- Minimums standards for housing quality (including heating, structural integrity, and mould)
- Removal of some rooming house tenancy breach provisions, to ensure tenants can actually control circumstances that may lead to eviction
Areas where advocacy is required involve:
- Tenants’ rights to keep pets
- The ability of landlords to include rules in leases beyond the scope of the act
We encourage any interested individuals and organisations to provide responses to the options paper, due by Friday 10 February.
Department of Health and Human Services December Update
The December 2016 update from DHHS is now available here. Also, here is the most recent DHHS organisational chart, which may be of use for your service to navigate the Department.
Edition #4 Family Violence Reform Newsletter
Department of Premier Cabinet have released the next edition of the Family Violence Reform Newsletter. It provides an update on the whole-of-government progress in responding to the recommendations of the Royal Commission into Family Violence.
Child Safety and Information sharing
The Royal Commission into Family Violence found that a key shortfall in the current design of children’s services was that services are not empowered to share information that could affect the safety and wellbeing of their clients.
The Victorian Government has released a consultation paper on how it can change the law to better support information sharing between children’s and community services (including homelessness services).
CHP is currently considering whether to provide a response to the consultation paper (available here). If you would like to contribute to or inform that response, please contact email@example.com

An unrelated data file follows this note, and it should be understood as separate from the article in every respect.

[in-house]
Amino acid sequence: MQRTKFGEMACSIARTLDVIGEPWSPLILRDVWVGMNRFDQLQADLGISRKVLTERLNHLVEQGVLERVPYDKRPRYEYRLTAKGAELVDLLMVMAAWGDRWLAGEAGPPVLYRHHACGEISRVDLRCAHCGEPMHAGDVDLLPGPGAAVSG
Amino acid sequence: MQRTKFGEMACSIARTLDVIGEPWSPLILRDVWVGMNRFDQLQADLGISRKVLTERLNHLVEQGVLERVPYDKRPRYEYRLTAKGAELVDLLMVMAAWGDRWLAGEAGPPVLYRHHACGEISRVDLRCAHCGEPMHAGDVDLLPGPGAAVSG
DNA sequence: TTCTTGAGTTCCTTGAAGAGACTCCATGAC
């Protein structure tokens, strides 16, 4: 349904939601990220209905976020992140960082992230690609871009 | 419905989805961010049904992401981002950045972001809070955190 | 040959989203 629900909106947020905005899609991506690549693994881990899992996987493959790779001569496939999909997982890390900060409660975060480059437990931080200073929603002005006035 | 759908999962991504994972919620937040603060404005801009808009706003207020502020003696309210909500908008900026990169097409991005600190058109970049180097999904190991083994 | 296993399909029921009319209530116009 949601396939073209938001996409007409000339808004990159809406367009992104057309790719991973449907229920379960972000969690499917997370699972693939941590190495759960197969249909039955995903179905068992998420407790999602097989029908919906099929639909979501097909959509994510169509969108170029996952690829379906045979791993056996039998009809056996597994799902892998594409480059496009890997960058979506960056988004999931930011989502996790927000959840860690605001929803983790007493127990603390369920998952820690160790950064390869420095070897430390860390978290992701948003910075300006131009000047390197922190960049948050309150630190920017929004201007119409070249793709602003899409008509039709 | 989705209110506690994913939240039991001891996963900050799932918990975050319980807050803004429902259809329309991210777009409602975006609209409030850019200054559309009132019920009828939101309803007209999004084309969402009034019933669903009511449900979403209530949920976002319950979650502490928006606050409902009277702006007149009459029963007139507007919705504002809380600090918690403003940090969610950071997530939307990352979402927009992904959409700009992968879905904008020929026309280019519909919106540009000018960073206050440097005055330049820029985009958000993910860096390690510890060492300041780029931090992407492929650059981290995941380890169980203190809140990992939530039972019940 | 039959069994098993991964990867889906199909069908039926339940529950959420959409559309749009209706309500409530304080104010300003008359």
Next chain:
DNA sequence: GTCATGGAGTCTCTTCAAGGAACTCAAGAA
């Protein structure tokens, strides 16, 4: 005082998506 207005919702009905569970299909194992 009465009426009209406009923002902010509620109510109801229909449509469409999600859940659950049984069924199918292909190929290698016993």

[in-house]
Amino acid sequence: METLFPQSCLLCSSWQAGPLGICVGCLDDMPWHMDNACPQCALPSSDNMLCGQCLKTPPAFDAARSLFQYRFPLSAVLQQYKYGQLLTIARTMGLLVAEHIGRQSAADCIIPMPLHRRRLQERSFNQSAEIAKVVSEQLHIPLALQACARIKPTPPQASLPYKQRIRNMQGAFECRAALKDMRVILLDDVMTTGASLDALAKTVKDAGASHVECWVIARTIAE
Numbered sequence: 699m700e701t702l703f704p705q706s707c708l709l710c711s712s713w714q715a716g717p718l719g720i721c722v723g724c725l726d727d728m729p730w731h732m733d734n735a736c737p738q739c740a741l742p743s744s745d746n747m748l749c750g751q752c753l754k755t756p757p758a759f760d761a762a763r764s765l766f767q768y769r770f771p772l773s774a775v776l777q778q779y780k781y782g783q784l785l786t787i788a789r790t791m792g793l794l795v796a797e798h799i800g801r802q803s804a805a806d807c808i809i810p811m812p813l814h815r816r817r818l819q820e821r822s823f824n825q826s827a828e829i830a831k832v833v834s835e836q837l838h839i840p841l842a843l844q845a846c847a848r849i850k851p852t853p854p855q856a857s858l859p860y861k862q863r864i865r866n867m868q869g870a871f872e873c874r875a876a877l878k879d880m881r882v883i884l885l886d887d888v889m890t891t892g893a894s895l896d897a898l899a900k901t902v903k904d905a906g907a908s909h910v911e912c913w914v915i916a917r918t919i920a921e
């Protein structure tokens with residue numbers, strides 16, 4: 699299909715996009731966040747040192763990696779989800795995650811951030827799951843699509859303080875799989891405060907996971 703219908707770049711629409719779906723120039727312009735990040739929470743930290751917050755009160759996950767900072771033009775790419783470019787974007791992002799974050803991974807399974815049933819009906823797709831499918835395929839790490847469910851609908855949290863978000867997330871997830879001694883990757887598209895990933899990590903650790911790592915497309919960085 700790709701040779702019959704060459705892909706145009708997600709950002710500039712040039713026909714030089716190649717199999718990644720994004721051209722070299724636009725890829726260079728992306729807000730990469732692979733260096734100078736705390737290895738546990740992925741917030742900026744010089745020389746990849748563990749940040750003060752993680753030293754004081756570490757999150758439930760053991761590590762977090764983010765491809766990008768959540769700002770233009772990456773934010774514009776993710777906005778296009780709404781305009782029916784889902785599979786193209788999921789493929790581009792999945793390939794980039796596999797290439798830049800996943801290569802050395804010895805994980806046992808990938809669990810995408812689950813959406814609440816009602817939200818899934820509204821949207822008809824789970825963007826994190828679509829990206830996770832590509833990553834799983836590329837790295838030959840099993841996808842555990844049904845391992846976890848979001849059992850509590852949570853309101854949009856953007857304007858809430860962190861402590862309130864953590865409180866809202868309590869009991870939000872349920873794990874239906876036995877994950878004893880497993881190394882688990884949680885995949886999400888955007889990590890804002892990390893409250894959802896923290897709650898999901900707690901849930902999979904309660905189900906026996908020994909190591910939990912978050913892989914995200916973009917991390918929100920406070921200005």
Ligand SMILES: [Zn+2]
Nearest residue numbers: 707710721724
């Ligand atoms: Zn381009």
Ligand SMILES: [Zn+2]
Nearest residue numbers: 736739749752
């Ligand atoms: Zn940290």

Productivity Commission Reform of Human Services Issues Paper
Another ongoing review, this time at the Federal level is the Productivity Commission’s Inquiry into Reform of Human Services. CHP has provided responses at previous stages of the inquiry (available here and here).
With ‘Family and Community Services’ identified as suitable for reform through previous stages in the inquiry, CHP will provide further advice to the Productivity Commission to ensure the best outcomes for those experiencing homelessness, and specialist homelessness services.
Submissions on the issues paper are due on Friday 10 February. More information is available here.
Proposed amendments to the Family Law Act 1975
The Commonwealth has released a public consultation paper in relation to proposed amendments to the Family Law Act 1975 (Cth) that would respond to family violence.
In essence, the changes will make court processes faster and cheaper (by reducing instances where there is a state/commonwealth jurisdictional split – and rejecting vexatious claims) and court orders more enforceable.
Responses are due by Friday 10 February. More information is available here.
Looming cuts to state-wide family violence legal service
Women’s Legal Service Victoria (WLSV) has learned that it will have a $200,000 of Federal funding cut. provides more than 3,400 women across Victoria with free specialised family violence and family law legal services every year. The not for profit organisation runs duty lawyer services for women at the family violence and family law courts, skypes legal assistance to women in refuges and family violence services across Victoria and provides a state-wide legal advice line. Read the WLSV’s media release here.